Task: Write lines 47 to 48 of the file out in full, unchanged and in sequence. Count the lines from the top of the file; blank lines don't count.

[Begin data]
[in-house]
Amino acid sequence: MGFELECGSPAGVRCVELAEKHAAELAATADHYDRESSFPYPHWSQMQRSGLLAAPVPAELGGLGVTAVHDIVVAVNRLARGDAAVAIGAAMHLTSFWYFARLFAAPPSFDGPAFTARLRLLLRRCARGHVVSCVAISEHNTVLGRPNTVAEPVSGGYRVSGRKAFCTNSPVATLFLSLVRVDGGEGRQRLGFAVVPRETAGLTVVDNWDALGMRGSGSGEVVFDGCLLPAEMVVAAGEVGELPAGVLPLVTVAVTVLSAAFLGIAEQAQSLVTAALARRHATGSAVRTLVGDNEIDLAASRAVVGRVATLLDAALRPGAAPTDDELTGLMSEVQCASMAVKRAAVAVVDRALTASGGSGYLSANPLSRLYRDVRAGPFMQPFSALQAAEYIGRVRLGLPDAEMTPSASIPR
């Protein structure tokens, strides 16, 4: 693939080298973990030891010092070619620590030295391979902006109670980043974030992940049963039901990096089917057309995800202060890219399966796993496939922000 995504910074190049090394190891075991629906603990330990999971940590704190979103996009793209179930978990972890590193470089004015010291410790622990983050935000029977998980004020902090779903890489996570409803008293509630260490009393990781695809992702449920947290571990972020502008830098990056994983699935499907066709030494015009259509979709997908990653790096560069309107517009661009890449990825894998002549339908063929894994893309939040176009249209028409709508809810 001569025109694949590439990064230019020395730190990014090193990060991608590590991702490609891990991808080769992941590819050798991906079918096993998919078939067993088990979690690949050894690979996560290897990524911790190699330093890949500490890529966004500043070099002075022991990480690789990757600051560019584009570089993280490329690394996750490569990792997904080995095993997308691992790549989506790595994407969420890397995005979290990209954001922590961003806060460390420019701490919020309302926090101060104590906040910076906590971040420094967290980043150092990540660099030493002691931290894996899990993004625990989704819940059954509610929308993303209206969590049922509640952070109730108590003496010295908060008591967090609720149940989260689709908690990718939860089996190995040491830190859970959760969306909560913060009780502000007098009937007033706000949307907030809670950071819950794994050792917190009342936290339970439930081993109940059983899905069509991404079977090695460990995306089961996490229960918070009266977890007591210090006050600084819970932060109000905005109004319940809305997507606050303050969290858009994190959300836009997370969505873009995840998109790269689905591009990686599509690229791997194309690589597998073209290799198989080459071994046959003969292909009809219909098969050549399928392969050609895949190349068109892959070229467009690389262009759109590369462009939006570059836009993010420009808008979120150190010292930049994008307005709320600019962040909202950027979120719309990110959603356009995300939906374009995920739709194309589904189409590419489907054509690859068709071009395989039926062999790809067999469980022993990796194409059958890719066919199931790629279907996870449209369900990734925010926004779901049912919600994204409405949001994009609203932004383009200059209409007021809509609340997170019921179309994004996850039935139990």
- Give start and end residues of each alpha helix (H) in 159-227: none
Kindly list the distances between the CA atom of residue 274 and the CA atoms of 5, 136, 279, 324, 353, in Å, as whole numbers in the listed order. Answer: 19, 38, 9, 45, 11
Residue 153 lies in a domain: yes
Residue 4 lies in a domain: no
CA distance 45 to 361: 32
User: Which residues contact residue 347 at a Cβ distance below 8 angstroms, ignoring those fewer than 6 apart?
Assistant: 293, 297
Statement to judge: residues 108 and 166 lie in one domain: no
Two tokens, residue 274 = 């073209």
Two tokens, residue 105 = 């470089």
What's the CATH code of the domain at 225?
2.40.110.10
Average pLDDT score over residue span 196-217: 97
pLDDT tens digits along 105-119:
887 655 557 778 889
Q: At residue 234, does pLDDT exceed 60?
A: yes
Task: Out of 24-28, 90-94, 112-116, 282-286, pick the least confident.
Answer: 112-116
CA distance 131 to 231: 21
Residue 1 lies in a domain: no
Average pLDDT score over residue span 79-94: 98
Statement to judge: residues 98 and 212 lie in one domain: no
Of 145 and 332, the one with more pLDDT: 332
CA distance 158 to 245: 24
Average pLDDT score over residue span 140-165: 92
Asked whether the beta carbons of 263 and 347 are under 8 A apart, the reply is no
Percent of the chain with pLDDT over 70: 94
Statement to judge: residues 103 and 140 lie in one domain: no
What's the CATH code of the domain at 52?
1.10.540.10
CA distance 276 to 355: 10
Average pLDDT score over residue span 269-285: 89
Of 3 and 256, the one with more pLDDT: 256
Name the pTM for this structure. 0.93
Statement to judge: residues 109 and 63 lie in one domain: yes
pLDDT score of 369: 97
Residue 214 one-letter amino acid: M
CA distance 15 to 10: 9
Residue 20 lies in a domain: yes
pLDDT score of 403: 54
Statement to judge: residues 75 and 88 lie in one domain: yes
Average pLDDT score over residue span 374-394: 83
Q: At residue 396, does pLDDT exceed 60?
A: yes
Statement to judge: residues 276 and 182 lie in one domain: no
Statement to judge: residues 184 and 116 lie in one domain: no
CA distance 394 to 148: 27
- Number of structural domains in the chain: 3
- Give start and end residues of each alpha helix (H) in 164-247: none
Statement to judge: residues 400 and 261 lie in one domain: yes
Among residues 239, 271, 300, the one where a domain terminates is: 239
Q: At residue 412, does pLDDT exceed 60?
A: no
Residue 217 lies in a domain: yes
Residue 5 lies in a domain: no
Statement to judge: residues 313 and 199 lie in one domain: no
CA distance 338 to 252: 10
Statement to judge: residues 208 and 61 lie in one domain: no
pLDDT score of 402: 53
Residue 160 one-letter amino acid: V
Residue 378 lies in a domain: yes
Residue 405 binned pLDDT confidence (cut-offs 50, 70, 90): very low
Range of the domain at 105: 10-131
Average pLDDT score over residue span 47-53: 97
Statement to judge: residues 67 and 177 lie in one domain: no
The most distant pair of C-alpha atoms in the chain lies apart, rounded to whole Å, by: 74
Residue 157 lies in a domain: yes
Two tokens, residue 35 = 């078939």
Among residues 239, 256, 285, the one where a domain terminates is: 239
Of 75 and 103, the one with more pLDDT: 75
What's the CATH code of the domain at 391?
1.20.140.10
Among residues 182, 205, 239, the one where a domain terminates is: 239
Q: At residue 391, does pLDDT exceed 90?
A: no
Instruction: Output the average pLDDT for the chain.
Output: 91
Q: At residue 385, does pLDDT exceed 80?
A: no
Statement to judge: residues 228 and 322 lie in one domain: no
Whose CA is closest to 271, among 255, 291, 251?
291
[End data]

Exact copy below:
Q: At residue 396, does pLDDT exceed 60?
A: yes